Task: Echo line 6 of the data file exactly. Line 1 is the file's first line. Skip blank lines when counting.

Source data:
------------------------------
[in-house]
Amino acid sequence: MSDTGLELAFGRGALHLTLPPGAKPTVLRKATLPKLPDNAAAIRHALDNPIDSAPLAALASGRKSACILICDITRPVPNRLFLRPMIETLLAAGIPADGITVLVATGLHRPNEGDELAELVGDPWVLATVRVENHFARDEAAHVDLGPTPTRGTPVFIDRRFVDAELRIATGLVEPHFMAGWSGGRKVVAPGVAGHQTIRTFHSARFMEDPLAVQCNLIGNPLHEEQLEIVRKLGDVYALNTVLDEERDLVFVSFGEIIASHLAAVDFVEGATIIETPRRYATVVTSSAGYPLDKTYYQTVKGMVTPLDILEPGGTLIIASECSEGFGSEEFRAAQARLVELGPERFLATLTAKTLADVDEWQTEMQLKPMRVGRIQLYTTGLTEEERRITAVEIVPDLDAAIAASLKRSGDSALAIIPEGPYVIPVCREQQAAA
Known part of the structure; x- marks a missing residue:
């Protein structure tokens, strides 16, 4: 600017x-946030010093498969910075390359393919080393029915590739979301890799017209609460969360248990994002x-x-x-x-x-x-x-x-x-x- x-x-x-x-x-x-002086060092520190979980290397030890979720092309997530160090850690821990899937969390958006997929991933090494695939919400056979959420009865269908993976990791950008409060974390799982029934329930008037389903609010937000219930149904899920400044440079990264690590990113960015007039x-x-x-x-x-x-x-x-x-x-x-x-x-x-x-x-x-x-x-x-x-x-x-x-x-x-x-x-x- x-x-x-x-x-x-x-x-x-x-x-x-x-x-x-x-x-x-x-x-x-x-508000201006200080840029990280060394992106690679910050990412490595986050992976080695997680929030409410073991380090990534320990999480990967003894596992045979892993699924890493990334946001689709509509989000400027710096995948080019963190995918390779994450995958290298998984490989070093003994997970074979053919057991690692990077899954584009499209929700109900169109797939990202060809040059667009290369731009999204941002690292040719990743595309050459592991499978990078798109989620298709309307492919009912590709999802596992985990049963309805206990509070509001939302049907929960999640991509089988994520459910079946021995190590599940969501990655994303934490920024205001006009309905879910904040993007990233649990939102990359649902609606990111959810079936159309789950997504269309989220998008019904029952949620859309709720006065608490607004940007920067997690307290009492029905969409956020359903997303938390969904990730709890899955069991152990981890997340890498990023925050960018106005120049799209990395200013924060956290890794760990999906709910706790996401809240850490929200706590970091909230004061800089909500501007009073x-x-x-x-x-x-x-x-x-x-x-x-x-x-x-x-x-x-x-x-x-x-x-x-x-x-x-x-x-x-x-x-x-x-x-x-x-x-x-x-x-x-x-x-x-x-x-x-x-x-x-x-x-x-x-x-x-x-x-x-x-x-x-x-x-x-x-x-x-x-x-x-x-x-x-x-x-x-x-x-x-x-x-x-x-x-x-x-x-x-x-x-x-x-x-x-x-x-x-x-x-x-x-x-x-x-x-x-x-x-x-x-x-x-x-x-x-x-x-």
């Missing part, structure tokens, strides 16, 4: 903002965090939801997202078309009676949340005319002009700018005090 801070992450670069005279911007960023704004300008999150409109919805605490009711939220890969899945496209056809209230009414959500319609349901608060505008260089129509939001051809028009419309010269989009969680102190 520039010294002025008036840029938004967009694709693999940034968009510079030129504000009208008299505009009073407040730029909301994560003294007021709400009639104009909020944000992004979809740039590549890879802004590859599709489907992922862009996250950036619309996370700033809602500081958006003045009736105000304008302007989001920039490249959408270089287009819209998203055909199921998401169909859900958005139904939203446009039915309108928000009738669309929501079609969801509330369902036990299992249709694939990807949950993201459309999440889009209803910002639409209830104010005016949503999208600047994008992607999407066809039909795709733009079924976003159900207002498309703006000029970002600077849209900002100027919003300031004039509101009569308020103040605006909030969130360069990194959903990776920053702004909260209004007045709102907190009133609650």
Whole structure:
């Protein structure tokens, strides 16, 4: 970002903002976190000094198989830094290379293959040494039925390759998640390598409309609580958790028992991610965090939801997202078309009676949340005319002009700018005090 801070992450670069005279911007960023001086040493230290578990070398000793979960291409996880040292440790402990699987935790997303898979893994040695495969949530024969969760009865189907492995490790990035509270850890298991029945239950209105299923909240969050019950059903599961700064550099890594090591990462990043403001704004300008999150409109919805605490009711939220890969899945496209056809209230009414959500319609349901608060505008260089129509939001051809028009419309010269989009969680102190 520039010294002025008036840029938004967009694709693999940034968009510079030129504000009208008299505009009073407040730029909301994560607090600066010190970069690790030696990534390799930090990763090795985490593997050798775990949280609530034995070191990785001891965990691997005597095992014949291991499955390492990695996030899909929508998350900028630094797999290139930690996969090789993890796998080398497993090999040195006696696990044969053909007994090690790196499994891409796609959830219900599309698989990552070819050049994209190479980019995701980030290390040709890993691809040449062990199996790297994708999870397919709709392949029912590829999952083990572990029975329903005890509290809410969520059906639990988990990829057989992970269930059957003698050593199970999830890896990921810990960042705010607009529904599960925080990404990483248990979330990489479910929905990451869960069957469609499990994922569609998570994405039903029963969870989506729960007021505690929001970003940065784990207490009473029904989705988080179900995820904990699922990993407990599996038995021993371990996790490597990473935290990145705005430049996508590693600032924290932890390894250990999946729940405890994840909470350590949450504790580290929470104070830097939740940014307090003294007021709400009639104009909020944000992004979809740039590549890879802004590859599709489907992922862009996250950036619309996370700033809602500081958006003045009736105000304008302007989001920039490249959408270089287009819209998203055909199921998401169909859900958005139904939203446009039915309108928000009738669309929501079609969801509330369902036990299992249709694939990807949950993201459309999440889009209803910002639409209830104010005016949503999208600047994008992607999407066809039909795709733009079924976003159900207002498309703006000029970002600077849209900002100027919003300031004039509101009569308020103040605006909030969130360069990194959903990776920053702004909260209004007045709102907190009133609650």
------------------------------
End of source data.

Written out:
Whole structure: